SAN DIEGO (AP) In a last-ditch effort to end their long, bitter push for a new stadium, the San Diego Chargers have joined a diverse group that includes some polarizing figures and civic lightning rods who have been involved in various issues in a city known for political dysfunction and an inability to get big projects done.
The Chargers are collaborating on a citizens' initiative started by Donna Frye, a former city councilwoman who champions open government, and attorney Cory Briggs, who has excelled at beating City Hill. The two, who want the public to have a say in how tax dollars are spent, oppose an expansion of the bayfront convention center and are championing a joint-use stadium and convention center expansion a few blocks inland, near Petco Park, the home of baseball's Padres. A convention center expansion would be funded by an increase in hotel room taxes. The Chargers haven't divulged financing details, and spokesman Fred Maas didn't return calls seeking comment.
Frye and Briggs have been slowly building a somewhat unlikely coalition.
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''People are talking to one another,'' Frye said Wednesday. ''It takes time to get people to sort of throw off their preconceived ideas and biases and prejudices and whatever and focus on what it is we're trying to do. There are a lot of lightning rods. We might have a big old electrical storm. No doubt about it it's an interesting cast of characters. It even makes me laugh some time.''
Still, the Chargers are going against Mayor Kevin Faulconer and County Supervisor Ron Roberts, who are pushing a stadium in Mission Valley, site of the Chargers' current home, Qualcomm Stadium. The team knows there will be significant financial and political hurdles. It likely will be the most-heavily campaigned issue in San Diego history, pitting the NFL team against City Hall and the powerful tourism-convention industry.
In a meeting Monday with Faulconer and Roberts, Chargers chairman Dean Spanos asked for an additional $200 million in public financing and was turned down. The $350 million the city and county have offered for a new stadium at the Qualcomm site is in jeopardy because they have not put forward a plan for downtown.
If the Chargers fail to win approval on the November ballot, they have the right to join the Los Angeles Rams in a stadium set to open in Inglewood in 2019.
There are some interesting dynamics in the Chargers' alliance with the Briggs Initiative, as it's known.
The Chargers plan to partner with JMI Realty, which is owned by former San Diego Padres owner John Moores and has significant holdings near the convention center. Moores' reputation took a hit when a nasty divorce forced him to sell the Padres. As part of the deal, Moores kept $200 million in upfront money from the team's TV deal with Fox Sports San Diego.
Moores and the Spanos family sometimes clashed when they shared Qualcomm. In the mid-1990s, the Padres began campaigning for a new downtown ballpark. They suggested to Chargers owner Alex Spanos that the NFL team also look downtown. Spanos dismissed them. The city expanded Qualcomm for the Chargers in 1997, and three years later, Alex Spanos said the team needed a new stadium.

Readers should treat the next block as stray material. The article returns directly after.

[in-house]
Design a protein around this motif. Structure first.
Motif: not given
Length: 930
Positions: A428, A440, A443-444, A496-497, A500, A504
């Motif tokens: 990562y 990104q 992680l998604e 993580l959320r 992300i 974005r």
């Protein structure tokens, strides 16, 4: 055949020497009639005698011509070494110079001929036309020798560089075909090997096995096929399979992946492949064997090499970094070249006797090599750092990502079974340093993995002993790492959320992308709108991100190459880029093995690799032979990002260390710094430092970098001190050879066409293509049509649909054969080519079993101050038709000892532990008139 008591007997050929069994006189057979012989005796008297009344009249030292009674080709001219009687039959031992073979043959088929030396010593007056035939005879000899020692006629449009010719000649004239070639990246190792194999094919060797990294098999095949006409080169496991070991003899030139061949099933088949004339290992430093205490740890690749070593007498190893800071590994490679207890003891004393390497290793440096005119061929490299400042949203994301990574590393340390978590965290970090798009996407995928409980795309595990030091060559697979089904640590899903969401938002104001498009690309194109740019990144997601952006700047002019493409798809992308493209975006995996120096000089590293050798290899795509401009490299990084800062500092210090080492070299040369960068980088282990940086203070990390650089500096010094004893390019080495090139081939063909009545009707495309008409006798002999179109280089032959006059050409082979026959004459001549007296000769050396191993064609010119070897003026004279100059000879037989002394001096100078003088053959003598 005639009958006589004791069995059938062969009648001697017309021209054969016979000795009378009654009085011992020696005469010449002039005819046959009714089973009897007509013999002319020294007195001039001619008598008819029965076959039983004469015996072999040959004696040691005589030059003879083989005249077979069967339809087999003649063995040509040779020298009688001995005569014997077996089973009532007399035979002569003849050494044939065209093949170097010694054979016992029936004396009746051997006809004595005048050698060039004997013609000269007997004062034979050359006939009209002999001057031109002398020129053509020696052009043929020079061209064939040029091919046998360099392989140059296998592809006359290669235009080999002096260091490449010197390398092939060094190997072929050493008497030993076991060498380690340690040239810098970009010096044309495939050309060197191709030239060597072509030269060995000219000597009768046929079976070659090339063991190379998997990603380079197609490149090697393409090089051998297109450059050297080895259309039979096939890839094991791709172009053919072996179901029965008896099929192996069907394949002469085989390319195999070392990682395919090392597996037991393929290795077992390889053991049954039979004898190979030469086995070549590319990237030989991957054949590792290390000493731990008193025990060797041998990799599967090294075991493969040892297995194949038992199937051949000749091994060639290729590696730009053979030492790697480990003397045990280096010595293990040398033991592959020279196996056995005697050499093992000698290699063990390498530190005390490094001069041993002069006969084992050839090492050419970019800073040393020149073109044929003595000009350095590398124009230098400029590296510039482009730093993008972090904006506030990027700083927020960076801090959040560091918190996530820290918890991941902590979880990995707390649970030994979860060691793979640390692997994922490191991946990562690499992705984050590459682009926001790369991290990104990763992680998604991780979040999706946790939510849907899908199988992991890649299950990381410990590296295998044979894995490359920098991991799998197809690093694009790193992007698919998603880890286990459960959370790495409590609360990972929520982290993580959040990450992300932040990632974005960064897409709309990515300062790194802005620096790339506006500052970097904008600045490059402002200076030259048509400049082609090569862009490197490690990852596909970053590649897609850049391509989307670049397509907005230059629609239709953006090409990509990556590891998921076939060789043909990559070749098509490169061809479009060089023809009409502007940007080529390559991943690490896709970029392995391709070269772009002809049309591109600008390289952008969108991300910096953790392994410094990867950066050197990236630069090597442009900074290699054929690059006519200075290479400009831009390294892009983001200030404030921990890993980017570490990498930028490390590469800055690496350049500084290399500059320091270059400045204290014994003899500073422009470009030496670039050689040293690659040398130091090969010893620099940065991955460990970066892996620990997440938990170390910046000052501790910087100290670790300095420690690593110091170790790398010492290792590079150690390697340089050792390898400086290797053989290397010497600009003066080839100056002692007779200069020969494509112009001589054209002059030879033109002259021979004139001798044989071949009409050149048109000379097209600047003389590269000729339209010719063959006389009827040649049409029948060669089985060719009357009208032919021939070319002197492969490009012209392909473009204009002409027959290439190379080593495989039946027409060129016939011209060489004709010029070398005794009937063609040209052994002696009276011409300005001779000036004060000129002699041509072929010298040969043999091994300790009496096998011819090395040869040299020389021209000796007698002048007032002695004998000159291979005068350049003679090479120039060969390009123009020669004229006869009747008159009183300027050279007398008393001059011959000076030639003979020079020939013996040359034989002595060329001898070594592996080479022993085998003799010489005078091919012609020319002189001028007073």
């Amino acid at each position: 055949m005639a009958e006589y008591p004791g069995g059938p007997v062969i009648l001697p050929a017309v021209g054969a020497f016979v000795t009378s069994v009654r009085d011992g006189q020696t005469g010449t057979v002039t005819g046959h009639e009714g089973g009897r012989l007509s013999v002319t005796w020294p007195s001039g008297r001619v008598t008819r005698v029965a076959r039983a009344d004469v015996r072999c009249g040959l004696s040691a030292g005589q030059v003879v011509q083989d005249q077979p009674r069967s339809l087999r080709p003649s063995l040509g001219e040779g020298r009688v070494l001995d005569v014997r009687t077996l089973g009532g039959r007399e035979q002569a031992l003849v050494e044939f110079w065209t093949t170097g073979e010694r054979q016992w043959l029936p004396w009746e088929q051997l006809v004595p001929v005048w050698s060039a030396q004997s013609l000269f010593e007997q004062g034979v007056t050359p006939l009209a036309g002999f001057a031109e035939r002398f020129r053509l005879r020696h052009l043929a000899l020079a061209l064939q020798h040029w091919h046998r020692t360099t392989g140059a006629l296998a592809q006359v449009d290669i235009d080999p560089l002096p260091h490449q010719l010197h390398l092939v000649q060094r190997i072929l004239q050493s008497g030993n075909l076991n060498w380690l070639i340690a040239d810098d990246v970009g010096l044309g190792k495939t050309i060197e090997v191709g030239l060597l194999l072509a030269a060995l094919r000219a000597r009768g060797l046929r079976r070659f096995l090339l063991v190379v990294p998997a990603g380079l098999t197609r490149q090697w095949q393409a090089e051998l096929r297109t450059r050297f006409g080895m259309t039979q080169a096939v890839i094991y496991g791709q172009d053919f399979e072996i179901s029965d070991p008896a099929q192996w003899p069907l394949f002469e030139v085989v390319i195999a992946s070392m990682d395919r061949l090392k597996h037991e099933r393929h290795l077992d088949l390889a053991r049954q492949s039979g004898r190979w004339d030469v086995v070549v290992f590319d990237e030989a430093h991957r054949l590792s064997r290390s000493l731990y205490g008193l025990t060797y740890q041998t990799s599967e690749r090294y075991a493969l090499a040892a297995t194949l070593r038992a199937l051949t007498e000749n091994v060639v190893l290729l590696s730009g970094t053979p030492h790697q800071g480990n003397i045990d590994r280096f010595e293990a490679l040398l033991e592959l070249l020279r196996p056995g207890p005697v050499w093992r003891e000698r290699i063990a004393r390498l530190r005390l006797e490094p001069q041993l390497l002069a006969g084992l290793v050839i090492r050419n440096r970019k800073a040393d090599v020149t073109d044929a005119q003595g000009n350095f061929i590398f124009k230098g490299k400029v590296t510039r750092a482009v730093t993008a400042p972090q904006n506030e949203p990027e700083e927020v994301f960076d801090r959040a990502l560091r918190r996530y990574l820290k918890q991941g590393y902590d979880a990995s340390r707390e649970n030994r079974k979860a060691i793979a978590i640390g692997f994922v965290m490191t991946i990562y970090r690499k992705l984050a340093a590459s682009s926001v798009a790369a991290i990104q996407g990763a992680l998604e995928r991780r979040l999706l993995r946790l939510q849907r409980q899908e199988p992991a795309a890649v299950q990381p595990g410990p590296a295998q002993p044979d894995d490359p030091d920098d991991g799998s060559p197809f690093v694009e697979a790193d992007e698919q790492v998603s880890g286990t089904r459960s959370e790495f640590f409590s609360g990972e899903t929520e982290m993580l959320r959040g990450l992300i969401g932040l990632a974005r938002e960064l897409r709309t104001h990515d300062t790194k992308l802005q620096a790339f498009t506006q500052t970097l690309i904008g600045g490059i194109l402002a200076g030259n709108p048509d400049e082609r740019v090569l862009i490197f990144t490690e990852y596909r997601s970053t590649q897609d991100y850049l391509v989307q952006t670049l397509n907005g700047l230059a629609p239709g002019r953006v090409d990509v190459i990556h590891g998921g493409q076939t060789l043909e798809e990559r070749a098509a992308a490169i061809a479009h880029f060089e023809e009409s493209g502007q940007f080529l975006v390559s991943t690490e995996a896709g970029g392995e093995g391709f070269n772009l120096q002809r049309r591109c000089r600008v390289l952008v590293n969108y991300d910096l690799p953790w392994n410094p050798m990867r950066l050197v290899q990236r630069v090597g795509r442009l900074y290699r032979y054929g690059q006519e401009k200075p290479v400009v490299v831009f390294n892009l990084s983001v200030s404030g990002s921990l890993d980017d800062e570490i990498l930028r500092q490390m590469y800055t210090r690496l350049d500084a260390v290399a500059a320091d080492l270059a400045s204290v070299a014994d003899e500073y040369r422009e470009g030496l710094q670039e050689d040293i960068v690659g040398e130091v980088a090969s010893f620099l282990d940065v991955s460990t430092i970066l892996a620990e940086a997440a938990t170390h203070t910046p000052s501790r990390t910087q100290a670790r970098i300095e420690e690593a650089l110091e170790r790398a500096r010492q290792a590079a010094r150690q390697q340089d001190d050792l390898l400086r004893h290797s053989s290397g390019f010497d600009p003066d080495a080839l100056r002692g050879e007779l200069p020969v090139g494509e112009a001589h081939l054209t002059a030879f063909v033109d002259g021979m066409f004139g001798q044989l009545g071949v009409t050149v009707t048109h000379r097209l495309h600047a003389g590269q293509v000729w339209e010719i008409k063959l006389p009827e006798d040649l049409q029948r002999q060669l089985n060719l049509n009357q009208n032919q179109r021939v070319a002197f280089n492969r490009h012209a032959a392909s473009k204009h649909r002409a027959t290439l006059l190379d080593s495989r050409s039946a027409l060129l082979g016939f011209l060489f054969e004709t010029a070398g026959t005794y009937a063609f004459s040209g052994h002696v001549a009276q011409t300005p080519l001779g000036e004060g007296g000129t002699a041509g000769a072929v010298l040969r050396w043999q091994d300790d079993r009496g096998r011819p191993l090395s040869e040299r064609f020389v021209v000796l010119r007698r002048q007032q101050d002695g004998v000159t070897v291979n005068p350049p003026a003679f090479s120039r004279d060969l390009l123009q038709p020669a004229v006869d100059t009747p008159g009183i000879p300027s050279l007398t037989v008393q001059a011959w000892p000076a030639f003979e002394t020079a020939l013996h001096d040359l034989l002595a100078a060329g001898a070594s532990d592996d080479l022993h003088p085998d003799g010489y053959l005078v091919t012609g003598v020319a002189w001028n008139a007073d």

The Padres got Petco Park approved by voters in 1998, just a few weeks after being swept by the New York Yankees in the World Series. It opened in 2004, delayed by several lawsuits and a federal investigation into Moores' dealings with a city councilwoman.
One of Moores' senior advisers at JMI is Steve Peace, a former Democratic state legislator who has bemoaned that Alex Spanos contributed to every opponent he ever had. Briggs successfully sued to stop downtown hoteliers' plans to finance a contiguous convention center expansion.
Chargers fans scorn team attorney Mark Fabiani, a long-time Democratic operative who last year used a scorched-earth campaign against San Diego politicians as he attempted to clear a path to Los Angeles for Dean Spanos. While NFL owners voted down the Chargers' plans to partner with the rival Oakland Raiders in a stadium in Carson, they did give Spanos the chance to partner with the Rams.
Briggs said he's trying to convince the downtown hoteliers to join his coalition.
''If 80 percent of the stakeholders can get 80 percent of what they want and the city benefits overall, why not do it every time the opportunity presented itself,'' Briggs said. ''If 80 percent get 80 percent. It's a good deal.''
A new Chargers stadium downtown would affect the Padres. Moores plans to build a hotel on one of the premier parking lots near Petco Park, and the team leases a parking lot owned by the city that would be needed for a new NFL stadium.
The Padres make several million dollars a year in non-baseball events, including concerts. Executive chairman Ron Fowler is a civic heavyweight and friend of Spanos.
Padres lead investor Peter Seidler said the team needs to study details of the Chargers' proposal.
''We matter,'' he said. ''We're significant in this whole equation.''